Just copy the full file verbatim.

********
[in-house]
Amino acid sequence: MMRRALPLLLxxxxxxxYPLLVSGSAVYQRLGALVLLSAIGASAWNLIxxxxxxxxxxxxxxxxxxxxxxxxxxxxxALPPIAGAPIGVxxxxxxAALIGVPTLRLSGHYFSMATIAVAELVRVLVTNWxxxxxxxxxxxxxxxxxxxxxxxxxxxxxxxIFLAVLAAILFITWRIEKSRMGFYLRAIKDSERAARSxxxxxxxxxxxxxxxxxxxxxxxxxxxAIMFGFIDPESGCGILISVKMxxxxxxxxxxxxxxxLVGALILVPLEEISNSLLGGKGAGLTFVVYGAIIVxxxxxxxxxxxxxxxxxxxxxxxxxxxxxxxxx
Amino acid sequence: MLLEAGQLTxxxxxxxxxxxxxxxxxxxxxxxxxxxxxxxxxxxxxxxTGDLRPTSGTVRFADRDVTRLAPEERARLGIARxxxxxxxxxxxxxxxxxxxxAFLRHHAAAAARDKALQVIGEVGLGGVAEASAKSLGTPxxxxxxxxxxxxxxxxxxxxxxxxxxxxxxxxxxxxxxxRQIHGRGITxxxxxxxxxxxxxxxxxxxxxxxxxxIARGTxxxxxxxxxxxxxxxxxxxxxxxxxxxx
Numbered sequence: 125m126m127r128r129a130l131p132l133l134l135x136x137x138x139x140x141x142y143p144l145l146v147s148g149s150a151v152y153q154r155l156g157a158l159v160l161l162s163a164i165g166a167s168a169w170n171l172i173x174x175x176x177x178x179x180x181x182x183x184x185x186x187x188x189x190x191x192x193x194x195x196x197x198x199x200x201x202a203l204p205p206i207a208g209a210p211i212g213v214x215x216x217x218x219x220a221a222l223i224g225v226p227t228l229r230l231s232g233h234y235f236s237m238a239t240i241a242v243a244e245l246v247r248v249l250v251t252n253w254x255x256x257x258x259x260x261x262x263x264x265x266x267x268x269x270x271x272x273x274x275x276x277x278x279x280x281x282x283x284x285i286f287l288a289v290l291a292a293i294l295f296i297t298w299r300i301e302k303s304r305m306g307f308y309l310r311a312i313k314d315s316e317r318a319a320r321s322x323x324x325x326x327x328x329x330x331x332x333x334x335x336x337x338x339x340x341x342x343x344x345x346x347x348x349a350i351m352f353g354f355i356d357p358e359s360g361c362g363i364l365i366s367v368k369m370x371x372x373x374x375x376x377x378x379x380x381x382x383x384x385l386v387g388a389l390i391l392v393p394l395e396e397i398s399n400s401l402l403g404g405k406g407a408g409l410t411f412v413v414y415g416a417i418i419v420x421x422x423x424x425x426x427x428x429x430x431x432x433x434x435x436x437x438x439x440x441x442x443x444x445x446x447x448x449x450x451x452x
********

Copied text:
[in-house]
Amino acid sequence: MMRRALPLLLxxxxxxxYPLLVSGSAVYQRLGALVLLSAIGASAWNLIxxxxxxxxxxxxxxxxxxxxxxxxxxxxxALPPIAGAPIGVxxxxxxAALIGVPTLRLSGHYFSMATIAVAELVRVLVTNWxxxxxxxxxxxxxxxxxxxxxxxxxxxxxxxIFLAVLAAILFITWRIEKSRMGFYLRAIKDSERAARSxxxxxxxxxxxxxxxxxxxxxxxxxxxAIMFGFIDPESGCGILISVKMxxxxxxxxxxxxxxxLVGALILVPLEEISNSLLGGKGAGLTFVVYGAIIVxxxxxxxxxxxxxxxxxxxxxxxxxxxxxxxxx
Amino acid sequence: MLLEAGQLTxxxxxxxxxxxxxxxxxxxxxxxxxxxxxxxxxxxxxxxTGDLRPTSGTVRFADRDVTRLAPEERARLGIARxxxxxxxxxxxxxxxxxxxxAFLRHHAAAAARDKALQVIGEVGLGGVAEASAKSLGTPxxxxxxxxxxxxxxxxxxxxxxxxxxxxxxxxxxxxxxxRQIHGRGITxxxxxxxxxxxxxxxxxxxxxxxxxxIARGTxxxxxxxxxxxxxxxxxxxxxxxxxxxx
Numbered sequence: 125m126m127r128r129a130l131p132l133l134l135x136x137x138x139x140x141x142y143p144l145l146v147s148g149s150a151v152y153q154r155l156g157a158l159v160l161l162s163a164i165g166a167s168a169w170n171l172i173x174x175x176x177x178x179x180x181x182x183x184x185x186x187x188x189x190x191x192x193x194x195x196x197x198x199x200x201x202a203l204p205p206i207a208g209a210p211i212g213v214x215x216x217x218x219x220a221a222l223i224g225v226p227t228l229r230l231s232g233h234y235f236s237m238a239t240i241a242v243a244e245l246v247r248v249l250v251t252n253w254x255x256x257x258x259x260x261x262x263x264x265x266x267x268x269x270x271x272x273x274x275x276x277x278x279x280x281x282x283x284x285i286f287l288a289v290l291a292a293i294l295f296i297t298w299r300i301e302k303s304r305m306g307f308y309l310r311a312i313k314d315s316e317r318a319a320r321s322x323x324x325x326x327x328x329x330x331x332x333x334x335x336x337x338x339x340x341x342x343x344x345x346x347x348x349a350i351m352f353g354f355i356d357p358e359s360g361c362g363i364l365i366s367v368k369m370x371x372x373x374x375x376x377x378x379x380x381x382x383x384x385l386v387g388a389l390i391l392v393p394l395e396e397i398s399n400s401l402l403g404g405k406g407a408g409l410t411f412v413v414y415g416a417i418i419v420x421x422x423x424x425x426x427x428x429x430x431x432x433x434x435x436x437x438x439x440x441x442x443x444x445x446x447x448x449x450x451x452x